If it was an application for a product and the applicant submitted a website showing the product’s features, but not the product itself, then the applicant may file a photograph of the product or the product’s packaging. The applicant may, in some circumstances, submit a retail website where the product is being sold.
There are a few different options based on how the applicant was using the mark before filing a Statement of Use that could make the refusal easy to work around.
Example: Hashtagged Inc. files a Statement of Use using a screenshot of a product review blog post for its WEARFORCE1 shoes as a specimen. The USPTO examining attorney refuses the ‘proof of use’ and issued a specimen refusal. Hashtagged Inc. may submit a shoebox that was used before the Statement of Use due date.
Example: PoundSigned Inc. files a Statement of Use using a screenshot of a picture of its HAIRFORCE1 hats as a specimen showing a new HAIRFORCE1 logo. However, the trademark PoundSigned Inc. applied for was a different logo that PoundSigned Inc. had not yet put on any of their packaging or used elsewhere. The USPTO examining attorney refuses the ‘proof of use’ and issued a specimen refusal. PoundSigned Inc. cannot produce new hats or add a tag or hangtag to its existing hats and resubmit unless those new hats were sold on or before the Statement of Use due date.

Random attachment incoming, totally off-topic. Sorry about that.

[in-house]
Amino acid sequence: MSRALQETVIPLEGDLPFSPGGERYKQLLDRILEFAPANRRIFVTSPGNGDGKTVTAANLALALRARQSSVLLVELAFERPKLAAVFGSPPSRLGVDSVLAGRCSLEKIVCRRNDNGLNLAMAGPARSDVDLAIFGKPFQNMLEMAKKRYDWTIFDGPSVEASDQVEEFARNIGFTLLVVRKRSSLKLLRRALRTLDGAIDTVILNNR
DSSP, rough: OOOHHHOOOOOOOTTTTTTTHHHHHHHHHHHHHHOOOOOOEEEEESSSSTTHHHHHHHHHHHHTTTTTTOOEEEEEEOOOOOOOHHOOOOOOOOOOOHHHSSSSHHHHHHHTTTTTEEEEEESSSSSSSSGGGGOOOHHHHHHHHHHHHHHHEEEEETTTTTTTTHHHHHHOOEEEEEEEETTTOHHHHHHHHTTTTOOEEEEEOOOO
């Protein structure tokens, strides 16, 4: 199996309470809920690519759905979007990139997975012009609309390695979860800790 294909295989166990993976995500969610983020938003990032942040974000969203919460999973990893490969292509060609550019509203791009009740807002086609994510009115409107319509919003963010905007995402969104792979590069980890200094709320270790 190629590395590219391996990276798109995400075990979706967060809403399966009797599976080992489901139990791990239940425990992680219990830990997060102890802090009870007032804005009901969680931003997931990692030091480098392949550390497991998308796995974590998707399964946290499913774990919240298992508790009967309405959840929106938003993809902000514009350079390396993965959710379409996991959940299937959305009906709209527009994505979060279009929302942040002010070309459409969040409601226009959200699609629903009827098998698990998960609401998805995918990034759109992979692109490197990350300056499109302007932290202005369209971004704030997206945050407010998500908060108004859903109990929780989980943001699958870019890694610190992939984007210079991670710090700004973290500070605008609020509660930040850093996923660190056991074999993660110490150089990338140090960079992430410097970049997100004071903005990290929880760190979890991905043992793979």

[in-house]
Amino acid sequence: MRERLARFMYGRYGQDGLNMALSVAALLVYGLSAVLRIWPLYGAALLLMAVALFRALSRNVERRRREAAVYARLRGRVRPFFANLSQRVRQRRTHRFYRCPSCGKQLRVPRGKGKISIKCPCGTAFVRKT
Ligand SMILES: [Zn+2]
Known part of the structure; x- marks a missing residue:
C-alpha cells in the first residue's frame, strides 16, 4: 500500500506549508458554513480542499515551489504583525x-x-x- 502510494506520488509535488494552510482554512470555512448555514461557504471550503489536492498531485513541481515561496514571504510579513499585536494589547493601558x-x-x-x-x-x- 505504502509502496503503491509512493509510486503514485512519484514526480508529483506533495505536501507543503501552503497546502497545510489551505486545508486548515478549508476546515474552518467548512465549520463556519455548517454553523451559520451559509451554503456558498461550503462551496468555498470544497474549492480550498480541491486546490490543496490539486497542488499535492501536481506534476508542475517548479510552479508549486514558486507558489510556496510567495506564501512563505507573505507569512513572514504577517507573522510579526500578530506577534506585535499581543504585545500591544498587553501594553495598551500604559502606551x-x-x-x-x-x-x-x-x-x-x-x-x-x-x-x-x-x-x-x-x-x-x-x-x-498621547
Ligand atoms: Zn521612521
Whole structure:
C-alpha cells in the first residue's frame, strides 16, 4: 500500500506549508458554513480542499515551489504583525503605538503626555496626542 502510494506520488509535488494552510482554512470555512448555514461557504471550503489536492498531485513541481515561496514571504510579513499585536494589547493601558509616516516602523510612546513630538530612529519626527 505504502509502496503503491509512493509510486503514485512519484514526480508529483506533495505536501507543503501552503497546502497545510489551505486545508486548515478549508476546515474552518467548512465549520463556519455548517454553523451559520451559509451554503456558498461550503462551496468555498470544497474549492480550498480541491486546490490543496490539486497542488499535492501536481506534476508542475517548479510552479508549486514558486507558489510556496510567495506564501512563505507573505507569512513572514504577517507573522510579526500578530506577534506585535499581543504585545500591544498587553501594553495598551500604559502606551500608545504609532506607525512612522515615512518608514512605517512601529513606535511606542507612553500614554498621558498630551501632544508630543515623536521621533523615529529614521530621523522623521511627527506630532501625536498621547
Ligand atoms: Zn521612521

Three. Don’t Submit a False Statement.
Specimens can be tricky and can differ wildly depending on the goods and services in an application. However, if the applicant has discussed options with an attorney and no proper specimen can be provided, then the only choice is to re-apply, which unfortunately means, starting from scratch.
Clients have asked me: “But how would the USPTO know when the specimen was used?”
The truth is, the USPTO won’t. Barring extreme circumstances, the USPTO will not ask for proof of sales or any other proof that the specimen was in use when the applicant claims it was in use. However, applicant will sign a sworn statement to the U.S. government, that, under penalty of perjury, that “the substitute (or new, or originally submitted, if appropriate) specimen(s) was/were in use in commerce prior to expiration of the filing deadline for a statement of use.”
If this statement is untrue and an applicant knowingly signs the false statement, then the applicant has committed fraud on the USPTO and the underlying application will always be subject to cancellation by a third-party, no matter how long it has been since the fraud took place.
However, mistakes happen, and if an applicant, not knowing the rules or not understanding the requirements signs, then it isn’t likely fraud. But it is still subject to cancellation for up to five years after registration based on “non-use.”